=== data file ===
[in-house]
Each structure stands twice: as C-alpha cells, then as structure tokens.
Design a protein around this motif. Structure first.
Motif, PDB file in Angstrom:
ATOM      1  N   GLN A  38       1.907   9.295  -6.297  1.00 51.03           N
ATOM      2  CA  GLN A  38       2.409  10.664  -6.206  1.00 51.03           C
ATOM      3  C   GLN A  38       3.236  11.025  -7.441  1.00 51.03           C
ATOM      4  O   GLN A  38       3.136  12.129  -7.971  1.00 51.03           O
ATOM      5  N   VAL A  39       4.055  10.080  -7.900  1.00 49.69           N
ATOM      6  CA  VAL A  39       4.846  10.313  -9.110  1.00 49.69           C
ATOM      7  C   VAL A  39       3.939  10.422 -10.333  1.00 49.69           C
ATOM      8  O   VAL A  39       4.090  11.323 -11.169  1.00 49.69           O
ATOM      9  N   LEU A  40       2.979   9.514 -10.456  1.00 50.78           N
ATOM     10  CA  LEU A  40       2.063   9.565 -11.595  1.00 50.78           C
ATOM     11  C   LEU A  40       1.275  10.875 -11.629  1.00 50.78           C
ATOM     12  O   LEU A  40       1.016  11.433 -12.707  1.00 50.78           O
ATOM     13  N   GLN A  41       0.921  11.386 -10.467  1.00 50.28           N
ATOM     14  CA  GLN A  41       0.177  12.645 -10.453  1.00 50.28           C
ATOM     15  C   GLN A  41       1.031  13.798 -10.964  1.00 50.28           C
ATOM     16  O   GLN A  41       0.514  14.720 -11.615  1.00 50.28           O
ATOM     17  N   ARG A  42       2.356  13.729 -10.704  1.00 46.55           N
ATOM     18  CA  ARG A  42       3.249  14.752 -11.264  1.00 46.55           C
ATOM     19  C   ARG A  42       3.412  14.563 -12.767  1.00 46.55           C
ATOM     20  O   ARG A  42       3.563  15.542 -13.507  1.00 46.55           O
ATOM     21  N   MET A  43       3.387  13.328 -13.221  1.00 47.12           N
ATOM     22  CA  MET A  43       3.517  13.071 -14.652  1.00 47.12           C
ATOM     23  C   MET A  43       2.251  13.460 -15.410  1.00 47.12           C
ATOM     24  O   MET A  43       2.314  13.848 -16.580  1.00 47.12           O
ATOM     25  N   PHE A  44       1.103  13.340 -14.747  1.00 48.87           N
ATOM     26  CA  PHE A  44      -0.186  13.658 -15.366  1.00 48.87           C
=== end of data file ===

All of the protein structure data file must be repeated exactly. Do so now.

[in-house]
Each structure stands twice: as C-alpha cells, then as structure tokens.
Design a protein around this motif. Structure first.
Motif, PDB file in Angstrom:
ATOM      1  N   GLN A  38       1.907   9.295  -6.297  1.00 51.03           N
ATOM      2  CA  GLN A  38       2.409  10.664  -6.206  1.00 51.03           C
ATOM      3  C   GLN A  38       3.236  11.025  -7.441  1.00 51.03           C
ATOM      4  O   GLN A  38       3.136  12.129  -7.971  1.00 51.03           O
ATOM      5  N   VAL A  39       4.055  10.080  -7.900  1.00 49.69           N
ATOM      6  CA  VAL A  39       4.846  10.313  -9.110  1.00 49.69           C
ATOM      7  C   VAL A  39       3.939  10.422 -10.333  1.00 49.69           C
ATOM      8  O   VAL A  39       4.090  11.323 -11.169  1.00 49.69           O
ATOM      9  N   LEU A  40       2.979   9.514 -10.456  1.00 50.78           N
ATOM     10  CA  LEU A  40       2.063   9.565 -11.595  1.00 50.78           C
ATOM     11  C   LEU A  40       1.275  10.875 -11.629  1.00 50.78           C
ATOM     12  O   LEU A  40       1.016  11.433 -12.707  1.00 50.78           O
ATOM     13  N   GLN A  41       0.921  11.386 -10.467  1.00 50.28           N
ATOM     14  CA  GLN A  41       0.177  12.645 -10.453  1.00 50.28           C
ATOM     15  C   GLN A  41       1.031  13.798 -10.964  1.00 50.28           C
ATOM     16  O   GLN A  41       0.514  14.720 -11.615  1.00 50.28           O
ATOM     17  N   ARG A  42       2.356  13.729 -10.704  1.00 46.55           N
ATOM     18  CA  ARG A  42       3.249  14.752 -11.264  1.00 46.55           C
ATOM     19  C   ARG A  42       3.412  14.563 -12.767  1.00 46.55           C
ATOM     20  O   ARG A  42       3.563  15.542 -13.507  1.00 46.55           O
ATOM     21  N   MET A  43       3.387  13.328 -13.221  1.00 47.12           N
ATOM     22  CA  MET A  43       3.517  13.071 -14.652  1.00 47.12           C
ATOM     23  C   MET A  43       2.251  13.460 -15.410  1.00 47.12           C
ATOM     24  O   MET A  43       2.314  13.848 -16.580  1.00 47.12           O
ATOM     25  N   PHE A  44       1.103  13.340 -14.747  1.00 48.87           N
ATOM     26  CA  PHE A  44      -0.186  13.658 -15.366  1.00 48.87           C